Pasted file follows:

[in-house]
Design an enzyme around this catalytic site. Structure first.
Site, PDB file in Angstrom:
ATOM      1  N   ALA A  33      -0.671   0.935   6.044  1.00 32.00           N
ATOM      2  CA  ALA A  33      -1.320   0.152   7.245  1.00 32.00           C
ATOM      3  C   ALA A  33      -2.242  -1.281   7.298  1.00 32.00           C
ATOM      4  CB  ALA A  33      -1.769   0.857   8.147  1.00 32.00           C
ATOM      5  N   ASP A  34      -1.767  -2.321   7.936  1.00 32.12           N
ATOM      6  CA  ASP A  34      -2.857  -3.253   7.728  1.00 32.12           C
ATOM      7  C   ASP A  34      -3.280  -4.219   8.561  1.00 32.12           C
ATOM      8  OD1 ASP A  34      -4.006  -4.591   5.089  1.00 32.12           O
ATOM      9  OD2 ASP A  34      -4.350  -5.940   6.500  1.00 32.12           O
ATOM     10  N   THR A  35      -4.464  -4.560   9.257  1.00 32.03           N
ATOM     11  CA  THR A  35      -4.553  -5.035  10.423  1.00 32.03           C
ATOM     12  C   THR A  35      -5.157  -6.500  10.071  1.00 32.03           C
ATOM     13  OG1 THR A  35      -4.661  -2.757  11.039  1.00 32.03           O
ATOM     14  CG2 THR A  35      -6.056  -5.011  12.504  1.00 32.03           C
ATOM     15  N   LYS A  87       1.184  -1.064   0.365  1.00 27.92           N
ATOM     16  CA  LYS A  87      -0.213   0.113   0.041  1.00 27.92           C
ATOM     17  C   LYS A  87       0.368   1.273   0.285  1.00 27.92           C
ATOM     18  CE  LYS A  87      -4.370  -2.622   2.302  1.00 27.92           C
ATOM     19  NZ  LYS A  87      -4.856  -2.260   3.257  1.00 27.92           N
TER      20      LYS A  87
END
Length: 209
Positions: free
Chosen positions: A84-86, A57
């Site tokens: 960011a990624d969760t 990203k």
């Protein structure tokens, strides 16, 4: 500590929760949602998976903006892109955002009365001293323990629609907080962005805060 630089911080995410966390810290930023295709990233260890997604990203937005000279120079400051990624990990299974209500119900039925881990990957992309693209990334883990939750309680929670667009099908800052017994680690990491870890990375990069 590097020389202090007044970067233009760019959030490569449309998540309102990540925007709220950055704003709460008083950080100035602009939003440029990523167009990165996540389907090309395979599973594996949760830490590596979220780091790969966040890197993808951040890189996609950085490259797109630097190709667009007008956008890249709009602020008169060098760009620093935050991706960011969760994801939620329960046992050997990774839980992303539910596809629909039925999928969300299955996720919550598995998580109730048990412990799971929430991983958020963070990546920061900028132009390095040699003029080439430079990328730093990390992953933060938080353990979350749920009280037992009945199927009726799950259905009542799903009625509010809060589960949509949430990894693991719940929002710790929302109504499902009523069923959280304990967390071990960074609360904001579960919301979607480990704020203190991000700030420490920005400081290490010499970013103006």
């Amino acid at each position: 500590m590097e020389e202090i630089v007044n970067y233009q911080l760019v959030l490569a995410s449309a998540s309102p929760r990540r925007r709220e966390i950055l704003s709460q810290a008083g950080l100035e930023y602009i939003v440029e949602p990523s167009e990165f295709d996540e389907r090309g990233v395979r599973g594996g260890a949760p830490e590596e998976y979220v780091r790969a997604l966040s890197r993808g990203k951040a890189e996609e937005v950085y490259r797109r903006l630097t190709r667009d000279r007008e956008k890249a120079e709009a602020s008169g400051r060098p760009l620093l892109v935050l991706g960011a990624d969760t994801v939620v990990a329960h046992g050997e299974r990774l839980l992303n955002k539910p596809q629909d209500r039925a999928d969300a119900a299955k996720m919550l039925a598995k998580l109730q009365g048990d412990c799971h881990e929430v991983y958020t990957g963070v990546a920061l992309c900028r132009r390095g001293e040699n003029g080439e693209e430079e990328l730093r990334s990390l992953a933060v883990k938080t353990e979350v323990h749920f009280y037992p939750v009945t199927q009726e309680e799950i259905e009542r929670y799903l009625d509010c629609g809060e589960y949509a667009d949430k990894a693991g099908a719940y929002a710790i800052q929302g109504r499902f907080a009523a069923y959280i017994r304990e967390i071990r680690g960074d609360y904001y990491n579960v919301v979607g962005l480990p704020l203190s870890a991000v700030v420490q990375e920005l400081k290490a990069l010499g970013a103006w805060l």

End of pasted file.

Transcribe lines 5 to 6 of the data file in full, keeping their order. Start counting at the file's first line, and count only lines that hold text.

ATOM      2  CA  ALA A  33      -1.320   0.152   7.245  1.00 32.00           C
ATOM      3  C   ALA A  33      -2.242  -1.281   7.298  1.00 32.00           C